Urban Wind: Impact Of Building Geometry On The Wind Energy Yield Potential Above Rooftops Of Buildings

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In increasing the energy available in urban areas, wind energy devices can be placed closer to where they are needed, thus decreasing external electricity demand and transmission costs. This dissertation examines the potential energy yield in the built environment. The primary objective is to show how the potential wind energy at the building rooftop can be increased by modifying and designing the building's structure to accelerate the wind. A crucial element in integrating wind as a source of energy in urban settings is finding ways to maximize wind speed and minimize turbulence intensity. Numerical simulations show that if the building's façade is changed, the flow dynamics at the rooftop can also change significantly leading to an increase in wind speed above the rooftop. To investigate this, a sloped façade building model, an elliptical façade building model, and a modified elliptical (rose façade building) model are compared to a rectangular building model. Both experiments and Computational Fluid Dynamics (CFD) are performed. The numerical simulation code, Fluent, was used to simulate a sloped façade building model at four angles, 20o, 30o, 45o, and 60o for comparison to a rectangular building model. The angle which performed the best, that angle being 30o, was used to experimentally investigate the flow around the sloped façade building and an elliptical façade building with the same angle. CFD is further used to modify the elliptical façade. Parameter correlations are performed to determine an improved building design that increases the available wind energy above the roof compared to the rectangular building model, while catering for the horizontal constraints present in the built environment. To investigate the flow over these modified structures, experiments are performed in an open circuit tunnel where a boundary layer is physically modeled using roughness elements. Results from experimental comparisons of the modified façade structures compared to the rectangular building model show that the rose façade building model, which is designed to minimize the building footprint compared to the sloped and elliptical façade building models, is able to increase the velocity at varying roof locations by as much as 55%. This change in velocity increases the wind power density by over 150%. Thus, changing the building's geometry to influence both the wind and turbulence characteristics above the roof can result in more steady sites for wind harvesting devices leading to increased energy yield.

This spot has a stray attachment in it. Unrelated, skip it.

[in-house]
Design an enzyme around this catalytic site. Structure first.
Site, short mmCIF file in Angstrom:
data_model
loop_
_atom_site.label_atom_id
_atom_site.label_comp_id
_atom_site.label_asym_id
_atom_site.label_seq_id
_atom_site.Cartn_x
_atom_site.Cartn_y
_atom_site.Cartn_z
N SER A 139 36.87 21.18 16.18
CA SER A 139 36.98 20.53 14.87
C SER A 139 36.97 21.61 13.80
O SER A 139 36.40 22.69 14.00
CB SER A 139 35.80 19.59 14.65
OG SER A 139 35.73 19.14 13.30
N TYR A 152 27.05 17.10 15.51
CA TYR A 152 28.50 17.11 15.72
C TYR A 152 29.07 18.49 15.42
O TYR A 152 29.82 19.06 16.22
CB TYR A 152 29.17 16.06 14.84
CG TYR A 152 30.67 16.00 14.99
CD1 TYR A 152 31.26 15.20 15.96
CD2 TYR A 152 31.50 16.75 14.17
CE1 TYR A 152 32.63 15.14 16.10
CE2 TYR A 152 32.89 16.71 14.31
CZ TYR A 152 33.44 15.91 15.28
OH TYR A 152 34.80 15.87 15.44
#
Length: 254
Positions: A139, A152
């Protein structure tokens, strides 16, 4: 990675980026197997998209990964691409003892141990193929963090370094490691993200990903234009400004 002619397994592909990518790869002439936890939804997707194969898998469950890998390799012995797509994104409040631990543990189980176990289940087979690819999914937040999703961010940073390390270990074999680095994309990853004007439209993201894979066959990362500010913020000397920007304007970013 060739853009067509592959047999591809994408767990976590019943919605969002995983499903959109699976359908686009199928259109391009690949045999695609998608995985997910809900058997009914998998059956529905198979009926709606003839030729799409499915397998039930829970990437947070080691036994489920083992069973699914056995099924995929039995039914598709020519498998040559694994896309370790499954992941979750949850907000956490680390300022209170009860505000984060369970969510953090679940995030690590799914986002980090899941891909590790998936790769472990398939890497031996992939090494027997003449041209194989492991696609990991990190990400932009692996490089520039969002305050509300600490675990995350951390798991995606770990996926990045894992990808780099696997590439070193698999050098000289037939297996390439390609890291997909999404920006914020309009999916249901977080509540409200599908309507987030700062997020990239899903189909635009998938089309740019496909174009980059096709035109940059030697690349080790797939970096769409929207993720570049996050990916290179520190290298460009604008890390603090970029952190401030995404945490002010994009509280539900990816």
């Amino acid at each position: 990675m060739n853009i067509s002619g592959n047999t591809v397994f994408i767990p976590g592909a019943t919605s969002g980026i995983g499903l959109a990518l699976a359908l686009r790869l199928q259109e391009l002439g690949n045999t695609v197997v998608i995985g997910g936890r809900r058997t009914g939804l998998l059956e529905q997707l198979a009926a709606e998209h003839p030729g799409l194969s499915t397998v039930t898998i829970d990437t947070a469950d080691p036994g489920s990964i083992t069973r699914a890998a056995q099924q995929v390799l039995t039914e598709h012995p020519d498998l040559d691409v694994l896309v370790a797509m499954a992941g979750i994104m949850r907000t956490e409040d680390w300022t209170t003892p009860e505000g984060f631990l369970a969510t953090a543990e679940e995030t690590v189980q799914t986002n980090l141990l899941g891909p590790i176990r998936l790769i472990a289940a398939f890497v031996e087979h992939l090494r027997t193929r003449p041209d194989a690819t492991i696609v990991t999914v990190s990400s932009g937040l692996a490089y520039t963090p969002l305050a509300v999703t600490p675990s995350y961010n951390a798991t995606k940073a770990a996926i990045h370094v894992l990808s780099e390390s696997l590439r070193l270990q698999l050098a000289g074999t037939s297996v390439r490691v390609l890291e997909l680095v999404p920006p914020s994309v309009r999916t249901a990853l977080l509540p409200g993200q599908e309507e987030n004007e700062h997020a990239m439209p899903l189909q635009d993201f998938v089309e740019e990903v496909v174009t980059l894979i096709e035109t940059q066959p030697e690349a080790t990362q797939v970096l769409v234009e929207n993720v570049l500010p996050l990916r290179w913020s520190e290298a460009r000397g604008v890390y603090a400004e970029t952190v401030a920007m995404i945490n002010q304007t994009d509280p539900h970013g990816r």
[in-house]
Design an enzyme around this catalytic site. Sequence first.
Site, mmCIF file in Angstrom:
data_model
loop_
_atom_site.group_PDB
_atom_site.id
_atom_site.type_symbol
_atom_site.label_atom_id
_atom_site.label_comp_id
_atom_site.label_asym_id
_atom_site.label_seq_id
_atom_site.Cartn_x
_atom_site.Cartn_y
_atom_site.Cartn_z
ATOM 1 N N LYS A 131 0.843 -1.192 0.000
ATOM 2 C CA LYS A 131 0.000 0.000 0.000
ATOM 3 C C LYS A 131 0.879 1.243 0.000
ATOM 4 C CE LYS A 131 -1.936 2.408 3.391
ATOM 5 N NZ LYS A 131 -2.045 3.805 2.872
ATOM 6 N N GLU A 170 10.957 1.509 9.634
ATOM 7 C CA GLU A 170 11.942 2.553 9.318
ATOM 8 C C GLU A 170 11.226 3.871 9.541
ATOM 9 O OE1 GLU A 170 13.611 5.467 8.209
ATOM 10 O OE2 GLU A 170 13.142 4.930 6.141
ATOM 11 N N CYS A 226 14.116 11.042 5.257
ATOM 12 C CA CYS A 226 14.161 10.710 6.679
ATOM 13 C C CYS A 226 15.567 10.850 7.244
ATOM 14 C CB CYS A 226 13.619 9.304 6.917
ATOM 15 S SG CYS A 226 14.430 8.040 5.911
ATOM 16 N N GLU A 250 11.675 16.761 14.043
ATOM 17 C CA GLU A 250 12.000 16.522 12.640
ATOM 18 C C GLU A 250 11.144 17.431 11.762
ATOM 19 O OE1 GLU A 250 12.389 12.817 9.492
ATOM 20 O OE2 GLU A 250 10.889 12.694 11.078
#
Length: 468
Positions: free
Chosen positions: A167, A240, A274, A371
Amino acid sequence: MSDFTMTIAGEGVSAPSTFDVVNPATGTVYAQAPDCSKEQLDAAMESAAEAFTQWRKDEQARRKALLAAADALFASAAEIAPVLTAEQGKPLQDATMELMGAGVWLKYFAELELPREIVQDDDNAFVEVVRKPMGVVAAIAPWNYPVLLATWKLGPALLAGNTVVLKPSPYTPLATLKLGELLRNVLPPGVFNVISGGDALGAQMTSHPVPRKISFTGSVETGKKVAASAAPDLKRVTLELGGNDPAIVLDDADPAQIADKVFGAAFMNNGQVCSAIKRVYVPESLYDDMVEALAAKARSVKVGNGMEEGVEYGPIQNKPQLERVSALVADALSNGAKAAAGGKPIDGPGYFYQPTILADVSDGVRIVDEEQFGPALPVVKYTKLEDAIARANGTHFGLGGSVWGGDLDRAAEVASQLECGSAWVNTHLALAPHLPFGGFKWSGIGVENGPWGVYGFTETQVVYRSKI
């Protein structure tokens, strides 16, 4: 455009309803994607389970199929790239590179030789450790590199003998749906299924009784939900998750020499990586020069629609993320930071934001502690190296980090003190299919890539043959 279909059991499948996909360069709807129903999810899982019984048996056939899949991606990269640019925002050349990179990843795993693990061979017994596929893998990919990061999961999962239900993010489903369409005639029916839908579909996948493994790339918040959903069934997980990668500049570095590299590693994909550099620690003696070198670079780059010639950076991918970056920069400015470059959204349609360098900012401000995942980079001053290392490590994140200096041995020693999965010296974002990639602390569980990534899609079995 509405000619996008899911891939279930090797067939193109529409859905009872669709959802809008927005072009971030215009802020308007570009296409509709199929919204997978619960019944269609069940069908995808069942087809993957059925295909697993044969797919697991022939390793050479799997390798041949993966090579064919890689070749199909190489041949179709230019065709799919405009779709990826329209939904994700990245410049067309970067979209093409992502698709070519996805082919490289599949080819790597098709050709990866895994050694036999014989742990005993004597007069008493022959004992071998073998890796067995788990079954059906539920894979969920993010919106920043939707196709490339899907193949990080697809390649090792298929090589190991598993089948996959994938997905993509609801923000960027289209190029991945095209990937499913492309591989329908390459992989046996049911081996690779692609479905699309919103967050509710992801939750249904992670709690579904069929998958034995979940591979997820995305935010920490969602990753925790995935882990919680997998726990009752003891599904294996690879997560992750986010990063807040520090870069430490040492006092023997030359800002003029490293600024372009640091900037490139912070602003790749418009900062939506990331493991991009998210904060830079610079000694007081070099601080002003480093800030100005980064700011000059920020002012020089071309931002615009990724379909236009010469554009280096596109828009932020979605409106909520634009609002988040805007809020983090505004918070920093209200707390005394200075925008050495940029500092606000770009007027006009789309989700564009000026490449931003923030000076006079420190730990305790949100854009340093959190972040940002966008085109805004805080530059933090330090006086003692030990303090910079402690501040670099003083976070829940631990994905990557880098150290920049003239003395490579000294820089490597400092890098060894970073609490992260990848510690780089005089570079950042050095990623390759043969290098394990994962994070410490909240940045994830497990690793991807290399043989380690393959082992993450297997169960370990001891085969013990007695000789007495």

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wind energy; facade
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Cowen III,Edwin Alfred
Barthelmie,Rebecca Jane
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Mechanical Engineering
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Ph. D., Mechanical Engineering
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Doctor of Philosophy
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Government Document
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dissertation or thesis
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